BiblioBlog: BWS Library Blog February 2020

BiblioBlog: BWS Library Blog February 2020

Written by Catherine Marquardt

We began Black History Month in January and then jammed the shortest month of February with a massive display of new books acquired over the year that are about African Americans and written or illustrated by African Americans. It was a real celebration!

Bishop Walker School 4th GradersOur oldest scholars did research of important Black historic leaders and cultural icons using the Internet and books from our very full shelves of biographies. The Blacks in Wax presentation allowed 4th graders to demonstrate their knowledge of these key figures such as our own Bishop John T. Walker and a Tuskegee Airman and Michael Jackson.

With the younger students we started the month with African Folktales. A special guest storyteller introduced the trickster Anansi and Ghanaian techniques of gathering the audience into the tale with call and response. We were so lucky to have Sandi Hannibal, an experienced teacher and Librarian, lead us on a journey back to African roots. Non-fiction books on African animals supplemented our knowledge. The folks from St. Columba’s brought the Reading is Fundamental program to BWS. They read aloud African folktales to K-2, letting each boy choose a favorite folktale or graphic novel to take home.

BWS Volunteer with Students

Many new biographies and African American history books spilled off the shelves for all the grades. Historical fiction such as The Watsons Go To Birmingham by Christopher Paul Curtis could be matched with history books covering the Civil Rights movement and its heroes. We discussed the Montgomery Bus Boycott and Bryan Stevenson’s book Just Mercy, now written in a young adult format. Some 5th graders were particularly interested in books about the new Legacy Museum covering the long-term cruelty of slavery in America and the photo book about the Peace and Justice Memorial in Montgomery in remembrance of all those who were lynched in this country. In addition to the 900’s for history, Section 323 in the Library holds many books on the Civil Rights movement.

Library Books

A special session went to Thurgood Marshall and how he fought for his education and then fought for justice. As a side note, Marshall had a talent of telling a good joke, even as a boy. We happen to have a good joke book section of the Library found in the stacks with a number 402. BWS scholars were found honing their oral advocacy skills by telling jokes to one another.

Library Books on Piano

Kindergarten through 2nd also explored a huge collection of picture book biographies about African American heroes of all ages. We used owls to role-play such stories as Henry Box Brown’s journey from slavery to freedom in Philadelphia. And our little owlet satFirst Graders with Owlett at a singular desk just like Ruby Bridges sat alone in her classroom. Undefeated by Kwame Alexander is a powerful read-aloud that lifts the soul with words as Kadir Nelson’s stunning illustrations fill the heart. This book won both the Coretta Scott King Awards for author and illustrator as well as the Caldecott award for best Picture Book of 2019.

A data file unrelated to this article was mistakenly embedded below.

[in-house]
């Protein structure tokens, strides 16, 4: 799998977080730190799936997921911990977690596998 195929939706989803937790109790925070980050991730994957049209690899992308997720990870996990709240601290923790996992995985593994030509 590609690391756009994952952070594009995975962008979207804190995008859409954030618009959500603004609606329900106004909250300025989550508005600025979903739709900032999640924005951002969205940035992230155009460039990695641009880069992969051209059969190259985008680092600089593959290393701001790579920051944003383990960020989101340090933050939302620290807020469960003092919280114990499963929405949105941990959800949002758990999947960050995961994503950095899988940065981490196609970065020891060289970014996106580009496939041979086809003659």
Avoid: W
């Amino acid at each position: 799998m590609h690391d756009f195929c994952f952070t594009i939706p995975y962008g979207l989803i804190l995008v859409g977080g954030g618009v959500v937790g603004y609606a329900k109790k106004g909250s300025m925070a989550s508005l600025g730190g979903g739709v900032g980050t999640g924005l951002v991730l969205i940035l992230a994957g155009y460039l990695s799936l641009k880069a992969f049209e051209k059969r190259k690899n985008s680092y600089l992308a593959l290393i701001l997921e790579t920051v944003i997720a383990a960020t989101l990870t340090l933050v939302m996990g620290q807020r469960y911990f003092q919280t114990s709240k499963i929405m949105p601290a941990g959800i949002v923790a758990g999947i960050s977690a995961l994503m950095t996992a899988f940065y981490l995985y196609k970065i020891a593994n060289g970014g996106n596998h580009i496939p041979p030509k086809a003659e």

Then we followed a cascade of African American leaders, thinkers, artists and athletes who broke barriers and contributed mightily to this country. The young boys particularly were intrigued by Arctic explorer Matthew Henson who grew up right in the District and ended up planting the American flag at the top of the North Pole. Geography, climate and Inuit culture studies complemented that study.

Present day scientists and explorers from the African American community are featured in Library Booksseveral books on astronauts. One of our students recognized a photo of Charlie Bolton, the class Lunch Buddy, on the cover of a book about NASA. Heroes right here in our midst!

Of course, athletes and musicians were the most popular people for these boys to read about. A very comprehensive history of The Negro League encapsulated the struggle and ultimate athletic power of African American baseball players from the 1880’s all the way to the 1940’s. Jackie Robinson, Willie Mays and Hank Aaron got their start in this league. Players toured the world and introduced baseball to Japan in 1927. Musicians from the Harlem Renaissance all the way to Hip Hop and Rap fill our shelves. The youngest boys first read and then sang a book called Happy by Pharell. Singing the words of a book is a great road toward literacy. And fun!

Finally, we ended the month with an author visit at the Library of St. Stephen’s and St. Agnes. The graphic artist Jerry Craft was celebrating his most recent book, The New Kid. He had just won the Coretta Scott King Award for best author and won the Newberry award for best novel. This is a man whoJerry Craft didn’t like to read when he was a kid.

He told the boys about how he came to read more and more as he discovered comics and then made his own comics, Mama’s Boyz. He spent over an hour talking to our mixed classes of 4th and 5th graders. Just when we thought it was over, he walked to a large pad of paper and started drawing. It was an art lesson for those who thought they could never draw anything. No excuses, Jerry Craft taught us the tricks of the trade. And, he ended by showing us how to draw a perfect circle for Charlie Brown’s head…practice thousands of times and you’ll get it.

We Librarians created a wall mural of winners of the Coretta Scott King Awards which celebrated its 50th anniversary last year. Look for the copper and silver medallions that indicate the best African American writing and illustrating published that year. Jerry Craft and Kadir Nelson won!

Library Wall with CSK Awards